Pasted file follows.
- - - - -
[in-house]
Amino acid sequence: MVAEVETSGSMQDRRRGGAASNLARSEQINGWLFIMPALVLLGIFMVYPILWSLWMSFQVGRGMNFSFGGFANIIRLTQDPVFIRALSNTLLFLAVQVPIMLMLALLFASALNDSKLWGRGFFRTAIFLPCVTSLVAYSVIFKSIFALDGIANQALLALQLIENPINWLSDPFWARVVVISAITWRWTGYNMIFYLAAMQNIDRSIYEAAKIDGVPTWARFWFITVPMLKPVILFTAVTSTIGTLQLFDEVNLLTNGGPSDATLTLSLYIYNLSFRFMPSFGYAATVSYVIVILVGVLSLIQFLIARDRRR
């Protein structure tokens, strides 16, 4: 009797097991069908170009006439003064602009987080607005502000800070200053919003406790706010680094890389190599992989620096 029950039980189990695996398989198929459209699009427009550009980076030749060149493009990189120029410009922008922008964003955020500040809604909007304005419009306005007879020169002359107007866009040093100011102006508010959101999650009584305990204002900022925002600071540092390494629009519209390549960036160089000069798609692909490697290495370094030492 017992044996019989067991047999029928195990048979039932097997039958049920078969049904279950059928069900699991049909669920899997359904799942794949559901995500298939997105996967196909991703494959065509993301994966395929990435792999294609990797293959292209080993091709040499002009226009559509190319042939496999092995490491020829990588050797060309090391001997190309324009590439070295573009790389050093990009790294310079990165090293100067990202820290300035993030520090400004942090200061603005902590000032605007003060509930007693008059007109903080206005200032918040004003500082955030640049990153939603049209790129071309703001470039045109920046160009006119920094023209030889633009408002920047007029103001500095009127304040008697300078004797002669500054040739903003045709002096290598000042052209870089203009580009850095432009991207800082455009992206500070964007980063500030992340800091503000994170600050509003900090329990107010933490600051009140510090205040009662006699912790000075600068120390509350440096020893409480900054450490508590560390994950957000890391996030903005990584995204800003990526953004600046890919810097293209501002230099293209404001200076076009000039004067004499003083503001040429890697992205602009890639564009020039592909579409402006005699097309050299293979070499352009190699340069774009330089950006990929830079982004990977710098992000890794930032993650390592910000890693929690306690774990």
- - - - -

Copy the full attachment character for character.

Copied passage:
[in-house]
Amino acid sequence: MVAEVETSGSMQDRRRGGAASNLARSEQINGWLFIMPALVLLGIFMVYPILWSLWMSFQVGRGMNFSFGGFANIIRLTQDPVFIRALSNTLLFLAVQVPIMLMLALLFASALNDSKLWGRGFFRTAIFLPCVTSLVAYSVIFKSIFALDGIANQALLALQLIENPINWLSDPFWARVVVISAITWRWTGYNMIFYLAAMQNIDRSIYEAAKIDGVPTWARFWFITVPMLKPVILFTAVTSTIGTLQLFDEVNLLTNGGPSDATLTLSLYIYNLSFRFMPSFGYAATVSYVIVILVGVLSLIQFLIARDRRR
């Protein structure tokens, strides 16, 4: 009797097991069908170009006439003064602009987080607005502000800070200053919003406790706010680094890389190599992989620096 029950039980189990695996398989198929459209699009427009550009980076030749060149493009990189120029410009922008922008964003955020500040809604909007304005419009306005007879020169002359107007866009040093100011102006508010959101999650009584305990204002900022925002600071540092390494629009519209390549960036160089000069798609692909490697290495370094030492 017992044996019989067991047999029928195990048979039932097997039958049920078969049904279950059928069900699991049909669920899997359904799942794949559901995500298939997105996967196909991703494959065509993301994966395929990435792999294609990797293959292209080993091709040499002009226009559509190319042939496999092995490491020829990588050797060309090391001997190309324009590439070295573009790389050093990009790294310079990165090293100067990202820290300035993030520090400004942090200061603005902590000032605007003060509930007693008059007109903080206005200032918040004003500082955030640049990153939603049209790129071309703001470039045109920046160009006119920094023209030889633009408002920047007029103001500095009127304040008697300078004797002669500054040739903003045709002096290598000042052209870089203009580009850095432009991207800082455009992206500070964007980063500030992340800091503000994170600050509003900090329990107010933490600051009140510090205040009662006699912790000075600068120390509350440096020893409480900054450490508590560390994950957000890391996030903005990584995204800003990526953004600046890919810097293209501002230099293209404001200076076009000039004067004499003083503001040429890697992205602009890639564009020039592909579409402006005699097309050299293979070499352009190699340069774009330089950006990929830079982004990977710098992000890794930032993650390592910000890693929690306690774990």